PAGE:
• Pierre-Etienne Vandamme

        I think you’re right: childrearing seems more challenging for republicans! I had never thought about this.

  2. Julia Hermann

    Thanks a lot for this, Anca! I find the parallel between childrearing and slaveholding really interesting. And now I am thinking about what led to the abolition of slavery and whether we can learn anything from that for how to abolish practices of childrearing that treat children comparable to slaves. An important difference between the two practices (slavery and childrearing) seems to be that slaves were mistakenly taken to lack certain capacities that slave-owners had, or not having these capacities fully developed, whereas children indeed differ in capacities from adults. The capacity for autonomy for instance is developed over time, as is the capacity for critical reflection and the capacity for understanding the (long term) consequences of one’s actions. So unlike in the case of slaves there are reasons for treating children differently from adults and granting particular adults certain rights over children.
    Following up on what Pierre-Etienne suggested, childrearing should always serve the development of the capacities needed for being a competent (moral) agent. Parents should not have the right to treat their children in ways that hinder the development of those capacities. I agree with Pierre-Etienne that mandatory public education is important although in some political systems such education also interferes with the development of autonomy etc.
    Well, much more to think about…

    • Hello Julia, I am curious what you think about the following worry: maybe children could acquire full autonomy faster than they currently do, if we gave priority to training their autonomy at the expense of giving, or allowing, them to have other (learning) experiences. For instance, if we cut out some of their playtime. Would this be a desirable way to go? (I have doubts.)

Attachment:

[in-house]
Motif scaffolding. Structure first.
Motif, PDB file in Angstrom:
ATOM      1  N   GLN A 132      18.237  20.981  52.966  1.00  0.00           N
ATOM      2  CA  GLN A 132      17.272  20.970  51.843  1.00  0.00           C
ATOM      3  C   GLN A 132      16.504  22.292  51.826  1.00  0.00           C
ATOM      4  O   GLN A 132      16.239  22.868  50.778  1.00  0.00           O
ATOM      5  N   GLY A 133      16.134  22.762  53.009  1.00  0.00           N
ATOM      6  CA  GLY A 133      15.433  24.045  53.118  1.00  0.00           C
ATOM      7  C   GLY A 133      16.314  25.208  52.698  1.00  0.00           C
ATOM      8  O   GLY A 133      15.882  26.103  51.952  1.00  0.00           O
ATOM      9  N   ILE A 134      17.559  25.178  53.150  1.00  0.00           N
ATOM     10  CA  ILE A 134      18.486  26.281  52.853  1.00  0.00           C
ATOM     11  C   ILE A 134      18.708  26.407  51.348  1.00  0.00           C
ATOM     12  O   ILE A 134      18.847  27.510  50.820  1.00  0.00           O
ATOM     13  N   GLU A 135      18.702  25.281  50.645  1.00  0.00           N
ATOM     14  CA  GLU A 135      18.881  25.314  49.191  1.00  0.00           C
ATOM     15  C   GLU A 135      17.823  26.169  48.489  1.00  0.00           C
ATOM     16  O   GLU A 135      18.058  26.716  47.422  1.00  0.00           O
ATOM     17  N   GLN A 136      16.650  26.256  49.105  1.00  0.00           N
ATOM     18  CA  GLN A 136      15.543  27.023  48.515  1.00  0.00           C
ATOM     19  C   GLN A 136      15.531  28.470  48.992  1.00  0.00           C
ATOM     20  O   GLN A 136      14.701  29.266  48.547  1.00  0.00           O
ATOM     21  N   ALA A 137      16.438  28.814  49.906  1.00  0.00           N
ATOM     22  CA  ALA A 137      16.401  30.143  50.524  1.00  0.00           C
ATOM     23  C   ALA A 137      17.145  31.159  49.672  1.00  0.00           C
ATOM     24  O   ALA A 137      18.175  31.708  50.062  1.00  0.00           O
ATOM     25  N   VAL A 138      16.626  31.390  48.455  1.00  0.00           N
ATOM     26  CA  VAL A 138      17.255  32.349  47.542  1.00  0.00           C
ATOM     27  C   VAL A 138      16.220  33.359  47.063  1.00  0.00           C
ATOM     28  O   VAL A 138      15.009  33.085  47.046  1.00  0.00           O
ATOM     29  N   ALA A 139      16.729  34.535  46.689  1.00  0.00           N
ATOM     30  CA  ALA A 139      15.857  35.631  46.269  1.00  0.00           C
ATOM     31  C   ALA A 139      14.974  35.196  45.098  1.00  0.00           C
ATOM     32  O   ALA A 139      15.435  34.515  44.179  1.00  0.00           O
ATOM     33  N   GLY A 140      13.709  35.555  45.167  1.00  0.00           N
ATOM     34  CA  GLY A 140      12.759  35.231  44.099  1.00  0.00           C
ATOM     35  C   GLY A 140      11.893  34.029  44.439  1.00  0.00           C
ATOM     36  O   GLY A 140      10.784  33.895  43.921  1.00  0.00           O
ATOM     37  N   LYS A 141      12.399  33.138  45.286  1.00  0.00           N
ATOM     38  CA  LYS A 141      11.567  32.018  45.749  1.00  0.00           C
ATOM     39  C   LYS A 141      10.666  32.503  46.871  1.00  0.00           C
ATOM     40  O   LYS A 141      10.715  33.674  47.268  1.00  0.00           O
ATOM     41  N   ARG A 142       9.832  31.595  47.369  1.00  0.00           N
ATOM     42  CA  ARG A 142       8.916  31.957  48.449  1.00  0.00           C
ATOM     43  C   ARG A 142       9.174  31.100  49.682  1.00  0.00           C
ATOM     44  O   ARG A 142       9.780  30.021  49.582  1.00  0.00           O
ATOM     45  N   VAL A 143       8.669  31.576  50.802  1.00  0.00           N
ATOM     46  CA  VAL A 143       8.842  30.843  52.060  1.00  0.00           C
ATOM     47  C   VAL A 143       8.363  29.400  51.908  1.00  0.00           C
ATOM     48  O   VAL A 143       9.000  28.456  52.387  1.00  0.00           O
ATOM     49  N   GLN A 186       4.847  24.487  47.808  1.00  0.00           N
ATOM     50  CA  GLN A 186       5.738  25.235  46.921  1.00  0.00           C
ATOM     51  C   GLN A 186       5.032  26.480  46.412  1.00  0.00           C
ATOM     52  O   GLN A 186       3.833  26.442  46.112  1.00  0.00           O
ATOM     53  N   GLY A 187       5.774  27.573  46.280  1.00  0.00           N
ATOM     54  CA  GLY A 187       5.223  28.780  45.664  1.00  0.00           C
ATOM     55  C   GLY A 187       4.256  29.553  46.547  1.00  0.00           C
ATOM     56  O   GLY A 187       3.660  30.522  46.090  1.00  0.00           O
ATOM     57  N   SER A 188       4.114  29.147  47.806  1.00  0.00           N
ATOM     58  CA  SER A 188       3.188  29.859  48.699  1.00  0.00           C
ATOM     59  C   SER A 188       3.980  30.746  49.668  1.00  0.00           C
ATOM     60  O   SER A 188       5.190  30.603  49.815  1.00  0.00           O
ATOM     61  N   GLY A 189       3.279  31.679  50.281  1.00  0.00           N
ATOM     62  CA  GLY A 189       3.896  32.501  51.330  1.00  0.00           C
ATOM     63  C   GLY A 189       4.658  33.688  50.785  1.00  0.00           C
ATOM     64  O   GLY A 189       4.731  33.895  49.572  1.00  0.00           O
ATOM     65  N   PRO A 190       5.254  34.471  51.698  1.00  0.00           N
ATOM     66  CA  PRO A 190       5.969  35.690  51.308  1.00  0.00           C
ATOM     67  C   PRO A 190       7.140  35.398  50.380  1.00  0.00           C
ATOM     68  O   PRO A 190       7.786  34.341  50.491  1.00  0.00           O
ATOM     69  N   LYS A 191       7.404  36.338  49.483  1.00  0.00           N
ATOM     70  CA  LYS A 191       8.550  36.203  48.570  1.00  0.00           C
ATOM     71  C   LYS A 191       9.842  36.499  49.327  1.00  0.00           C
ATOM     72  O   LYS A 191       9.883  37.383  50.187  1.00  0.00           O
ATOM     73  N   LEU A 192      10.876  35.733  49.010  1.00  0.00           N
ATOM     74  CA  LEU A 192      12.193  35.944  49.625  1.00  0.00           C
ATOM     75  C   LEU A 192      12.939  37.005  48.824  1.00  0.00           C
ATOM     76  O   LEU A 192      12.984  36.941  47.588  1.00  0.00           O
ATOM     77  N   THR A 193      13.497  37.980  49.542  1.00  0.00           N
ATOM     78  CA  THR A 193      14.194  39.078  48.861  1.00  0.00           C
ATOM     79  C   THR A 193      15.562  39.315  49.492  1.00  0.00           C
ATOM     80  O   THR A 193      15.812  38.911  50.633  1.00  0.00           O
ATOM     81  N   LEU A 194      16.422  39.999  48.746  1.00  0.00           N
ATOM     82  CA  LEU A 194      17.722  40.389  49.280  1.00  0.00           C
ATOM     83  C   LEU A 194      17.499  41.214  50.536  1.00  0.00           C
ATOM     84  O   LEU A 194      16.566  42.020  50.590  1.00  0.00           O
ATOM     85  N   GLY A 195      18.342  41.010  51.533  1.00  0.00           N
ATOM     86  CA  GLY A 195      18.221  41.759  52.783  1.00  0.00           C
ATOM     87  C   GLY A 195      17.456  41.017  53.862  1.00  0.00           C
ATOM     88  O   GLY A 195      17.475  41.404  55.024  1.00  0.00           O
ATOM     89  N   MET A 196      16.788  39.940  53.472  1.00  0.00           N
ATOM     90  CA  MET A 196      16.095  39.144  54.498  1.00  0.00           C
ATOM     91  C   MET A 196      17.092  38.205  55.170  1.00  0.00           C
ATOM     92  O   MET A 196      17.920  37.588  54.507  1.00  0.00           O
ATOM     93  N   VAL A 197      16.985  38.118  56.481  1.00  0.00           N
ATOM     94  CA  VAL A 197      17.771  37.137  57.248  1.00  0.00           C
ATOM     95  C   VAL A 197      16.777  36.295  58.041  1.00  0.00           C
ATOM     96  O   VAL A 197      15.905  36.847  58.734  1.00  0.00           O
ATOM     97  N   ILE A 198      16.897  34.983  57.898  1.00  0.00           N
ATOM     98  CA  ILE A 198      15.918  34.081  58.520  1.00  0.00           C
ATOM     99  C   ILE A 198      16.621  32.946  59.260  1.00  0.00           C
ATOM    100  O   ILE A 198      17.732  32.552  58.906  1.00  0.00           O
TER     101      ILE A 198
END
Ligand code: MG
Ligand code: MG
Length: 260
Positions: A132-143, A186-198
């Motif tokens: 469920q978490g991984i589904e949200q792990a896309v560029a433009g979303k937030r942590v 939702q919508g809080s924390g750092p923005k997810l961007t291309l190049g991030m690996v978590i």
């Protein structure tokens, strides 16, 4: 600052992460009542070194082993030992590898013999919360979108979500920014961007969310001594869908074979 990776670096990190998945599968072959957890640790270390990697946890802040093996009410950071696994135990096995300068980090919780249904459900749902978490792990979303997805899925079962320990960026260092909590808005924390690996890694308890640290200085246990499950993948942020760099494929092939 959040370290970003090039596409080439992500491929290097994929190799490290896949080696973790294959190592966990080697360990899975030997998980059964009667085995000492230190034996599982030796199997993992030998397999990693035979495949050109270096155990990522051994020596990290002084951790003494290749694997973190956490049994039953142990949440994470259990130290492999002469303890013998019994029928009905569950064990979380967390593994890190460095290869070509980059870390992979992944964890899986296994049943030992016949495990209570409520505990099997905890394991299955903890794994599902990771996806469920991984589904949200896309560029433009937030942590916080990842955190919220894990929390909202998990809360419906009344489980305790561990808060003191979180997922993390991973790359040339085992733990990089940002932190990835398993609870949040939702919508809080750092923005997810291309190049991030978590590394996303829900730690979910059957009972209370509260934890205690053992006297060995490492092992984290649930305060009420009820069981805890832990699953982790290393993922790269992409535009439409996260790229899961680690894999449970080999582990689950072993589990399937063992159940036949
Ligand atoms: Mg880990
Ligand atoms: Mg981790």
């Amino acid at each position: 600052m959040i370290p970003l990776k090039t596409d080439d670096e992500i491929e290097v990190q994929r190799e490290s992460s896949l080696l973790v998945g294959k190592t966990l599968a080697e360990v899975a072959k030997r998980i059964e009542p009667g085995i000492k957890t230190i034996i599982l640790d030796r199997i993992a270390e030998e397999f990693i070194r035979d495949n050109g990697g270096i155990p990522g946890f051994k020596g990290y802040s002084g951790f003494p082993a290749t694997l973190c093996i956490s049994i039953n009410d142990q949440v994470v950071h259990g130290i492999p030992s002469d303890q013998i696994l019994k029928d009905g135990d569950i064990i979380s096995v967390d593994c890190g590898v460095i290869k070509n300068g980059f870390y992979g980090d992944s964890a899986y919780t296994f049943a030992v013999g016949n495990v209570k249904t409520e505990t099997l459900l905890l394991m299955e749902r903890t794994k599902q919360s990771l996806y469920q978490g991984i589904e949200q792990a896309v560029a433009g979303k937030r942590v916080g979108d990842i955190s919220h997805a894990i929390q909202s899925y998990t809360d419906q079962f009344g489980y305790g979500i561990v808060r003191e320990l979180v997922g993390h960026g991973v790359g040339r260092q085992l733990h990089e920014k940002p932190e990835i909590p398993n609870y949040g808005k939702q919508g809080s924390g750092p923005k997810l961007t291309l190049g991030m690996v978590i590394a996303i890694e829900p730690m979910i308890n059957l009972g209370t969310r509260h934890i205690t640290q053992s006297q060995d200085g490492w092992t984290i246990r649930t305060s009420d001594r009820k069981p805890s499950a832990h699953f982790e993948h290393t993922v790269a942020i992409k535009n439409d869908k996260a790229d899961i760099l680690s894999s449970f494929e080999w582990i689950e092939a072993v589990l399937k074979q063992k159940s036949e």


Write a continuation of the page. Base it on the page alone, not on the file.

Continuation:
• Julia Hermann

        It would certainly be a bad idea to give them less time to play. But I think that this is not a plausible scenario, since I believe that playing contributes to the development of autonomy. I read that at least at a certain age, children learn the most by way of playing. I think that this holds in particularly for free play where children use their imagination, engage in role plays and so forth.

        • Yes, it’s hard to overestimate the developmental importance of play for children (maybe for the rest of us, too??) But let’s try this: imagine there’s no developmental gain to be had from playing for more than 4 hours a day for, say, a 10 year old. But there’s a lot of fun and maybe aesthetic value to be gained by even more play. Yet, the cost is a slight delay in autonomy. (After all, if you play less maybe you can train earlier to take more responsibility for yourself, etc.) What to do?